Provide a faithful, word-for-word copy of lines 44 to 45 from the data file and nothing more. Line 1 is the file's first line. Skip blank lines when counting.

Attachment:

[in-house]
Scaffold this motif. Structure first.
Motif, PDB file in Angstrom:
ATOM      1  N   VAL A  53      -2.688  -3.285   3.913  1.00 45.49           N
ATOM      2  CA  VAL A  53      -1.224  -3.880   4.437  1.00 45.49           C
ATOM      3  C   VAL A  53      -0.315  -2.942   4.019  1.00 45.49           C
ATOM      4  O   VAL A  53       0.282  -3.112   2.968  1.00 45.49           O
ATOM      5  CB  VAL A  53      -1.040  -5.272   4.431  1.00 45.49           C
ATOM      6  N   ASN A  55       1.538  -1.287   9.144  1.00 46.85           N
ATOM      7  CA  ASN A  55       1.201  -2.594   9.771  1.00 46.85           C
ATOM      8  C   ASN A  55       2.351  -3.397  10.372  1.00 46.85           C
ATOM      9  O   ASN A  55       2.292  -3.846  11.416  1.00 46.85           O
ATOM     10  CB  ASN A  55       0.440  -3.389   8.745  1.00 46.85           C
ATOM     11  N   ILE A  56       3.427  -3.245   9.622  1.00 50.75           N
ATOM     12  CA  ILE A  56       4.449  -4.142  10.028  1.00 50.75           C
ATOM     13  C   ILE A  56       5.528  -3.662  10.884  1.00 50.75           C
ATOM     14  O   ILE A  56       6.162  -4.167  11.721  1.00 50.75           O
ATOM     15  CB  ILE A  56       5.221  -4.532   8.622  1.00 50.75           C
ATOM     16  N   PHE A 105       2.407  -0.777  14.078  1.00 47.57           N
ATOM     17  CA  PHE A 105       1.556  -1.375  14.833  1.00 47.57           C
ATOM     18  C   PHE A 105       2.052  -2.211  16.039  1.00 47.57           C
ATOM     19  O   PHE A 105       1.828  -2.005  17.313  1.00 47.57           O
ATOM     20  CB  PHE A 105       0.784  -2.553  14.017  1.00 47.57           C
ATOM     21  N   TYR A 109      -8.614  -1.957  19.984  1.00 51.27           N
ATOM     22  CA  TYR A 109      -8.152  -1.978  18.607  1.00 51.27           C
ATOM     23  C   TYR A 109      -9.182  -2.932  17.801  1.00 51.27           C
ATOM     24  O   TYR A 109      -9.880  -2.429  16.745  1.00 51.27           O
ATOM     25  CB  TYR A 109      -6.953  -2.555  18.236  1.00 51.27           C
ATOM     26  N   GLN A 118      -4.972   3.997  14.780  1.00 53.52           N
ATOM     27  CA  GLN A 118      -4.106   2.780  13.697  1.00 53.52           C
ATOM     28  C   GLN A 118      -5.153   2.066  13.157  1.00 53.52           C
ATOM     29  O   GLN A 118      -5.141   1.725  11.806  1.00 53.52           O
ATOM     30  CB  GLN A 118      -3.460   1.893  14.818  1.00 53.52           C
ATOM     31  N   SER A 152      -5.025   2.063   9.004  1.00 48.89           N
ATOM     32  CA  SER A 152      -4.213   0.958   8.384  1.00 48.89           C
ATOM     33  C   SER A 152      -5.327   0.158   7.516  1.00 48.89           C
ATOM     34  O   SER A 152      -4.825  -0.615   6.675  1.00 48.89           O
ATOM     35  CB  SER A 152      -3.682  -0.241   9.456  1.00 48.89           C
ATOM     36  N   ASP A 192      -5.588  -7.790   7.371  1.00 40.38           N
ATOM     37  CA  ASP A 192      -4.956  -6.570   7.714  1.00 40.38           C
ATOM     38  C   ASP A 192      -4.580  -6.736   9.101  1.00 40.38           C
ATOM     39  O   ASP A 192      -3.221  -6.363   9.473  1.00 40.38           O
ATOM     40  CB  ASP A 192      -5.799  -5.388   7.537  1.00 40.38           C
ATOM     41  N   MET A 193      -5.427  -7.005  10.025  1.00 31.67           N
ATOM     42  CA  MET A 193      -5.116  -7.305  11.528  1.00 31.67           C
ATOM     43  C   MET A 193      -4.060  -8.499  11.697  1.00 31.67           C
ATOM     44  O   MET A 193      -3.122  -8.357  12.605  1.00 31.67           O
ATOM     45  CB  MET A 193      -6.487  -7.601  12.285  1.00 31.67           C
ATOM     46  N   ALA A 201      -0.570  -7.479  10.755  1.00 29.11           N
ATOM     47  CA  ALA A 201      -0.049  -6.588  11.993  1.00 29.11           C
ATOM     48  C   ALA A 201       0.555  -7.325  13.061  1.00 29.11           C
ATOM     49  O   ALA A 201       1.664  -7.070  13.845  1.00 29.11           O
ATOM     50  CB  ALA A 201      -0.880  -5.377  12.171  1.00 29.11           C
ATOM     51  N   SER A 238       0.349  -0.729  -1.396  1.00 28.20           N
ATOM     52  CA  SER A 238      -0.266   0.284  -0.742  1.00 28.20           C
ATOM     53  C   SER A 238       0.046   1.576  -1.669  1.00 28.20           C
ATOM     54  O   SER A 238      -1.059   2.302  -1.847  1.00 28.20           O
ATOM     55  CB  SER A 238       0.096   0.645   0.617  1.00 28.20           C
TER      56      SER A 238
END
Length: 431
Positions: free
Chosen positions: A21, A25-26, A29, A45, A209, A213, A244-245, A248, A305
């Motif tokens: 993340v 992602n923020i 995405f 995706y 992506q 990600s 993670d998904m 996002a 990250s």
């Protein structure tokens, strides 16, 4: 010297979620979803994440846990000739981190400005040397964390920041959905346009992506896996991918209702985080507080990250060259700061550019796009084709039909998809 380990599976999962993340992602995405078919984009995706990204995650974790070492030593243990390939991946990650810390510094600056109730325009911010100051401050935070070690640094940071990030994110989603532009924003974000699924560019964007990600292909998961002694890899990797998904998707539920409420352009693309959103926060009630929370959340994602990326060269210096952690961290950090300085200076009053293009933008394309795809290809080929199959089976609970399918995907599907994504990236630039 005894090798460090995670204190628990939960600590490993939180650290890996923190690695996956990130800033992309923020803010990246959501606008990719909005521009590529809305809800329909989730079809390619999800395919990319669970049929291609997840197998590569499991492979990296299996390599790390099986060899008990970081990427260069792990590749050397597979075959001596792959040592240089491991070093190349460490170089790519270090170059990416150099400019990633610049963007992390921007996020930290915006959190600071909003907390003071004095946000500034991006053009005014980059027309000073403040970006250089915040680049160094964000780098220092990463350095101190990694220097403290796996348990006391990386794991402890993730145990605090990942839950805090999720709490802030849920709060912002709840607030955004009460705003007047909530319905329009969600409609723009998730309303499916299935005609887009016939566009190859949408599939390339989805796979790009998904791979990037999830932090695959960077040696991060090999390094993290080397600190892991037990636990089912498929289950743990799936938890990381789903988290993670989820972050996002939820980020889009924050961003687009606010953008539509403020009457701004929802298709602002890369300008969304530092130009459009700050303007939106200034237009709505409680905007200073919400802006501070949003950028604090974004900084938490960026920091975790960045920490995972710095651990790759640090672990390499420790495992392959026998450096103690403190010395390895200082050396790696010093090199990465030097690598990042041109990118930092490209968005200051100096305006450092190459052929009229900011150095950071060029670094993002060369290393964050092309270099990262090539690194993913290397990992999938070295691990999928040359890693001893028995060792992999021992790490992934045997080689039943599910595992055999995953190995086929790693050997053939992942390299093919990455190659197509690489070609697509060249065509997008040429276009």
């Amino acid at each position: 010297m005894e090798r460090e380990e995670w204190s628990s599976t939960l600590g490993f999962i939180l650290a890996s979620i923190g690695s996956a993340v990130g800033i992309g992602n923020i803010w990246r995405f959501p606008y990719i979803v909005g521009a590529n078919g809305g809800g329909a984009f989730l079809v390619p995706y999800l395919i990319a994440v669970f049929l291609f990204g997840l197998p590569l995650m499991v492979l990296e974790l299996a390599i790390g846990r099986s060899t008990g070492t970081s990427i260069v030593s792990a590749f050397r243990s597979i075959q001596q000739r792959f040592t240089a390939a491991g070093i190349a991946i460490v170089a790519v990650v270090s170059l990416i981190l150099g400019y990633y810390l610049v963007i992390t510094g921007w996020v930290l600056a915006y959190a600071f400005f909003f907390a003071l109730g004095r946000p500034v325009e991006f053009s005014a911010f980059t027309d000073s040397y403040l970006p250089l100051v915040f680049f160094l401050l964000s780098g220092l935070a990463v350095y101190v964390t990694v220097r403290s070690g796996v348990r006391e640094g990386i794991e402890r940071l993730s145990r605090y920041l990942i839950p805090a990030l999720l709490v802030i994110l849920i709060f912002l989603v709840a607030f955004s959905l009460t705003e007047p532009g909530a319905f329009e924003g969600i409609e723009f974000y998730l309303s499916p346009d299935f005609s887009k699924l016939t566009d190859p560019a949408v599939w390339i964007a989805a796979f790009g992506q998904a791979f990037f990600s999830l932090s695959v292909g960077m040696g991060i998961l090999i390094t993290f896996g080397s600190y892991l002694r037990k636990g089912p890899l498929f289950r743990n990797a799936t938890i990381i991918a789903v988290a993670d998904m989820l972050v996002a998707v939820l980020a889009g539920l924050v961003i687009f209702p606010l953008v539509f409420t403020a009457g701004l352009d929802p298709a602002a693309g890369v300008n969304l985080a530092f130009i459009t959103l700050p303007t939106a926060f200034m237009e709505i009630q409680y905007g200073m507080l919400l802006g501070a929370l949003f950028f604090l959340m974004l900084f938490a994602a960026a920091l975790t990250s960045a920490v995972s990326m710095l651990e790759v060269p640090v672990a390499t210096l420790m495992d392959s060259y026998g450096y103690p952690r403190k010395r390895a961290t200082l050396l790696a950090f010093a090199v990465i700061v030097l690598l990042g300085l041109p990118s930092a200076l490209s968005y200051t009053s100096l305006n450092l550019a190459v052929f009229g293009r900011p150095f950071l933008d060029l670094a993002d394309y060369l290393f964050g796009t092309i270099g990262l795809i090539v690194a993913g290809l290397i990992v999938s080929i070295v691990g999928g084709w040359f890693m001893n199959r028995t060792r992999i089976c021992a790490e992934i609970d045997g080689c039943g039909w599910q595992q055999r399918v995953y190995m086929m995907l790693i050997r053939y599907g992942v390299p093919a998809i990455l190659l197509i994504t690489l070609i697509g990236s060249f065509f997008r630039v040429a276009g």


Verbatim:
ATOM     41  N   MET A 193      -5.427  -7.005  10.025  1.00 31.67           N
ATOM     42  CA  MET A 193      -5.116  -7.305  11.528  1.00 31.67           C